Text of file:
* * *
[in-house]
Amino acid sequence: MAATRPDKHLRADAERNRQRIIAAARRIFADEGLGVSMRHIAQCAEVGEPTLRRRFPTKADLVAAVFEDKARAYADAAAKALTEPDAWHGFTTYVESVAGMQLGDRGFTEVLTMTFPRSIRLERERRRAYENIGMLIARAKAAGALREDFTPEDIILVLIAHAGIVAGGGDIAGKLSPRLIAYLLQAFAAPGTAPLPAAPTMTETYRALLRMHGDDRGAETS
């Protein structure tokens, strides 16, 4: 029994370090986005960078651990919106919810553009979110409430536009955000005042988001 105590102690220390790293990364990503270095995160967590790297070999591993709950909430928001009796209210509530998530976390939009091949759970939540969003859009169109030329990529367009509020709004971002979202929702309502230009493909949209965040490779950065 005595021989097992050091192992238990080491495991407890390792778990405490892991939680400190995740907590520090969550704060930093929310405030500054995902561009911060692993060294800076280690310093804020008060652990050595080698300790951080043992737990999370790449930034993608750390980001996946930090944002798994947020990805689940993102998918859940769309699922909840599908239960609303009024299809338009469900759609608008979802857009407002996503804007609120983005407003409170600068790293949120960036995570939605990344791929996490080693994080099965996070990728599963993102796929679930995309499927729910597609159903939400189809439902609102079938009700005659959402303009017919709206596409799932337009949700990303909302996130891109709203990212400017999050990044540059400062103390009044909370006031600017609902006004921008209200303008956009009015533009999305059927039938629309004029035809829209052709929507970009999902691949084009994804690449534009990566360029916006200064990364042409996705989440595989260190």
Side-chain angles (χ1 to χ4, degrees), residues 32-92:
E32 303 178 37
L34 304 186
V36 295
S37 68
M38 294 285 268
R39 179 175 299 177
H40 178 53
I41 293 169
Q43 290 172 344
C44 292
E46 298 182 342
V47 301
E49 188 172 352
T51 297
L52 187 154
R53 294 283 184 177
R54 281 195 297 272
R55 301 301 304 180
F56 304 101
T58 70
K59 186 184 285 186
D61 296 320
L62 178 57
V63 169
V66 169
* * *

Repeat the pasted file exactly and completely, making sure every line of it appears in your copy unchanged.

[in-house]
Amino acid sequence: MAATRPDKHLRADAERNRQRIIAAARRIFADEGLGVSMRHIAQCAEVGEPTLRRRFPTKADLVAAVFEDKARAYADAAAKALTEPDAWHGFTTYVESVAGMQLGDRGFTEVLTMTFPRSIRLERERRRAYENIGMLIARAKAAGALREDFTPEDIILVLIAHAGIVAGGGDIAGKLSPRLIAYLLQAFAAPGTAPLPAAPTMTETYRALLRMHGDDRGAETS
């Protein structure tokens, strides 16, 4: 029994370090986005960078651990919106919810553009979110409430536009955000005042988001 105590102690220390790293990364990503270095995160967590790297070999591993709950909430928001009796209210509530998530976390939009091949759970939540969003859009169109030329990529367009509020709004971002979202929702309502230009493909949209965040490779950065 005595021989097992050091192992238990080491495991407890390792778990405490892991939680400190995740907590520090969550704060930093929310405030500054995902561009911060692993060294800076280690310093804020008060652990050595080698300790951080043992737990999370790449930034993608750390980001996946930090944002798994947020990805689940993102998918859940769309699922909840599908239960609303009024299809338009469900759609608008979802857009407002996503804007609120983005407003409170600068790293949120960036995570939605990344791929996490080693994080099965996070990728599963993102796929679930995309499927729910597609159903939400189809439902609102079938009700005659959402303009017919709206596409799932337009949700990303909302996130891109709203990212400017999050990044540059400062103390009044909370006031600017609902006004921008209200303008956009009015533009999305059927039938629309004029035809829209052709929507970009999902691949084009994804690449534009990566360029916006200064990364042409996705989440595989260190």
Side-chain angles (χ1 to χ4, degrees), residues 32-92:
E32 303 178 37
L34 304 186
V36 295
S37 68
M38 294 285 268
R39 179 175 299 177
H40 178 53
I41 293 169
Q43 290 172 344
C44 292
E46 298 182 342
V47 301
E49 188 172 352
T51 297
L52 187 154
R53 294 283 184 177
R54 281 195 297 272
R55 301 301 304 180
F56 304 101
T58 70
K59 186 184 285 186
D61 296 320
L62 178 57
V63 169
V66 169